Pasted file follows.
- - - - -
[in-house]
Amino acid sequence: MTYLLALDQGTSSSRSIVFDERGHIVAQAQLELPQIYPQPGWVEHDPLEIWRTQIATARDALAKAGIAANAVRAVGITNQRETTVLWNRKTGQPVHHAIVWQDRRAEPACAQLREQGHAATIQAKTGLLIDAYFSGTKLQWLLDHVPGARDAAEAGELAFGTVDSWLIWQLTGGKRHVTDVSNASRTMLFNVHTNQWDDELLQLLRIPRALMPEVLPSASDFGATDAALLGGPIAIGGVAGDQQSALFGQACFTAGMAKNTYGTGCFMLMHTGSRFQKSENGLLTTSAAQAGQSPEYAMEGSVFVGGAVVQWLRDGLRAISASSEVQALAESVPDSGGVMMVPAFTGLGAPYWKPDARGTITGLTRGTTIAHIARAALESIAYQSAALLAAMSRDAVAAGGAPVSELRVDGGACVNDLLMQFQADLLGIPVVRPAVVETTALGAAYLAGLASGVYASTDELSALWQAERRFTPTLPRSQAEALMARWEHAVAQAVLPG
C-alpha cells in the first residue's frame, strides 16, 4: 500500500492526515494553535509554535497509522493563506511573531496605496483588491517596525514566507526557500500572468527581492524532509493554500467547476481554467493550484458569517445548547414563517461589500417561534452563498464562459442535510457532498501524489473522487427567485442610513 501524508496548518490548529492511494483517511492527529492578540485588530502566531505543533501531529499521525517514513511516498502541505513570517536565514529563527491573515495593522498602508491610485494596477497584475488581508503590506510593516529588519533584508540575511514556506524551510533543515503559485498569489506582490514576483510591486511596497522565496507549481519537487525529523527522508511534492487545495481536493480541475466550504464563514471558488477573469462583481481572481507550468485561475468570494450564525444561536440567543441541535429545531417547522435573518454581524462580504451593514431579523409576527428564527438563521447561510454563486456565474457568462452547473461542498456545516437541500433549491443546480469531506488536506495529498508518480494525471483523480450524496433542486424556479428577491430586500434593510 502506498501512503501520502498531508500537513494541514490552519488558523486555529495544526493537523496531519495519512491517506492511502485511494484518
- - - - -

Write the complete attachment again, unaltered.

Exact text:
[in-house]
Amino acid sequence: MTYLLALDQGTSSSRSIVFDERGHIVAQAQLELPQIYPQPGWVEHDPLEIWRTQIATARDALAKAGIAANAVRAVGITNQRETTVLWNRKTGQPVHHAIVWQDRRAEPACAQLREQGHAATIQAKTGLLIDAYFSGTKLQWLLDHVPGARDAAEAGELAFGTVDSWLIWQLTGGKRHVTDVSNASRTMLFNVHTNQWDDELLQLLRIPRALMPEVLPSASDFGATDAALLGGPIAIGGVAGDQQSALFGQACFTAGMAKNTYGTGCFMLMHTGSRFQKSENGLLTTSAAQAGQSPEYAMEGSVFVGGAVVQWLRDGLRAISASSEVQALAESVPDSGGVMMVPAFTGLGAPYWKPDARGTITGLTRGTTIAHIARAALESIAYQSAALLAAMSRDAVAAGGAPVSELRVDGGACVNDLLMQFQADLLGIPVVRPAVVETTALGAAYLAGLASGVYASTDELSALWQAERRFTPTLPRSQAEALMARWEHAVAQAVLPG
C-alpha cells in the first residue's frame, strides 16, 4: 500500500492526515494553535509554535497509522493563506511573531496605496483588491517596525514566507526557500500572468527581492524532509493554500467547476481554467493550484458569517445548547414563517461589500417561534452563498464562459442535510457532498501524489473522487427567485442610513 501524508496548518490548529492511494483517511492527529492578540485588530502566531505543533501531529499521525517514513511516498502541505513570517536565514529563527491573515495593522498602508491610485494596477497584475488581508503590506510593516529588519533584508540575511514556506524551510533543515503559485498569489506582490514576483510591486511596497522565496507549481519537487525529523527522508511534492487545495481536493480541475466550504464563514471558488477573469462583481481572481507550468485561475468570494450564525444561536440567543441541535429545531417547522435573518454581524462580504451593514431579523409576527428564527438563521447561510454563486456565474457568462452547473461542498456545516437541500433549491443546480469531506488536506495529498508518480494525471483523480450524496433542486424556479428577491430586500434593510 502506498501512503501520502498531508500537513494541514490552519488558523486555529495544526493537523496531519495519512491517506492511502485511494484518